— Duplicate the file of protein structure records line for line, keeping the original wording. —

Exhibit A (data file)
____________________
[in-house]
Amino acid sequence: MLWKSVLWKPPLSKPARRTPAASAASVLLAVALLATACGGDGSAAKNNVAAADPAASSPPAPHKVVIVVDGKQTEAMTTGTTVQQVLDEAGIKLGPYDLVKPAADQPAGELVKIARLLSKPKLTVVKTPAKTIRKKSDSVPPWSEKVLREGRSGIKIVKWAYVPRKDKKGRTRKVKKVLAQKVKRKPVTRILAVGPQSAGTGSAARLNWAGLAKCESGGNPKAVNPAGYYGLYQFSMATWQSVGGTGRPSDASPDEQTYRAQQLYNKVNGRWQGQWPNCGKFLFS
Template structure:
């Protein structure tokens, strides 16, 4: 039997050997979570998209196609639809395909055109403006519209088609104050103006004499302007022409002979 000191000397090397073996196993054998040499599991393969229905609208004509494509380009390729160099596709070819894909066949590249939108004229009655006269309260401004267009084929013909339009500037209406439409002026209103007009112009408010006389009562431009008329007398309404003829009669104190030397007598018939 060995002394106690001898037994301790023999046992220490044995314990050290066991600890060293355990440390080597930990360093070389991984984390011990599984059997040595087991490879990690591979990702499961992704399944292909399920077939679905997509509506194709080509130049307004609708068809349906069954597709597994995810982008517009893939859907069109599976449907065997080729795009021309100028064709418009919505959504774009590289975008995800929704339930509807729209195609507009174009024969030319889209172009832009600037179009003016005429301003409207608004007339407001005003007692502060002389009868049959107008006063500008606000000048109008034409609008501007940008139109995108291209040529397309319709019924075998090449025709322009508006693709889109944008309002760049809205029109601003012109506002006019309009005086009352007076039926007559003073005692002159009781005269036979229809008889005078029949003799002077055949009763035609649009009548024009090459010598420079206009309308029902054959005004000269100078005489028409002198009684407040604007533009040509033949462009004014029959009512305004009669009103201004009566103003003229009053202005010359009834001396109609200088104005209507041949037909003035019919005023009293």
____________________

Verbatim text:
[in-house]
Amino acid sequence: MLWKSVLWKPPLSKPARRTPAASAASVLLAVALLATACGGDGSAAKNNVAAADPAASSPPAPHKVVIVVDGKQTEAMTTGTTVQQVLDEAGIKLGPYDLVKPAADQPAGELVKIARLLSKPKLTVVKTPAKTIRKKSDSVPPWSEKVLREGRSGIKIVKWAYVPRKDKKGRTRKVKKVLAQKVKRKPVTRILAVGPQSAGTGSAARLNWAGLAKCESGGNPKAVNPAGYYGLYQFSMATWQSVGGTGRPSDASPDEQTYRAQQLYNKVNGRWQGQWPNCGKFLFS
Template structure:
């Protein structure tokens, strides 16, 4: 039997050997979570998209196609639809395909055109403006519209088609104050103006004499302007022409002979 000191000397090397073996196993054998040499599991393969229905609208004509494509380009390729160099596709070819894909066949590249939108004229009655006269309260401004267009084929013909339009500037209406439409002026209103007009112009408010006389009562431009008329007398309404003829009669104190030397007598018939 060995002394106690001898037994301790023999046992220490044995314990050290066991600890060293355990440390080597930990360093070389991984984390011990599984059997040595087991490879990690591979990702499961992704399944292909399920077939679905997509509506194709080509130049307004609708068809349906069954597709597994995810982008517009893939859907069109599976449907065997080729795009021309100028064709418009919505959504774009590289975008995800929704339930509807729209195609507009174009024969030319889209172009832009600037179009003016005429301003409207608004007339407001005003007692502060002389009868049959107008006063500008606000000048109008034409609008501007940008139109995108291209040529397309319709019924075998090449025709322009508006693709889109944008309002760049809205029109601003012109506002006019309009005086009352007076039926007559003073005692002159009781005269036979229809008889005078029949003799002077055949009763035609649009009548024009090459010598420079206009309308029902054959005004000269100078005489028409002198009684407040604007533009040509033949462009004014029959009512305004009669009103201004009566103003003229009053202005010359009834001396109609200088104005209507041949037909003035019919005023009293």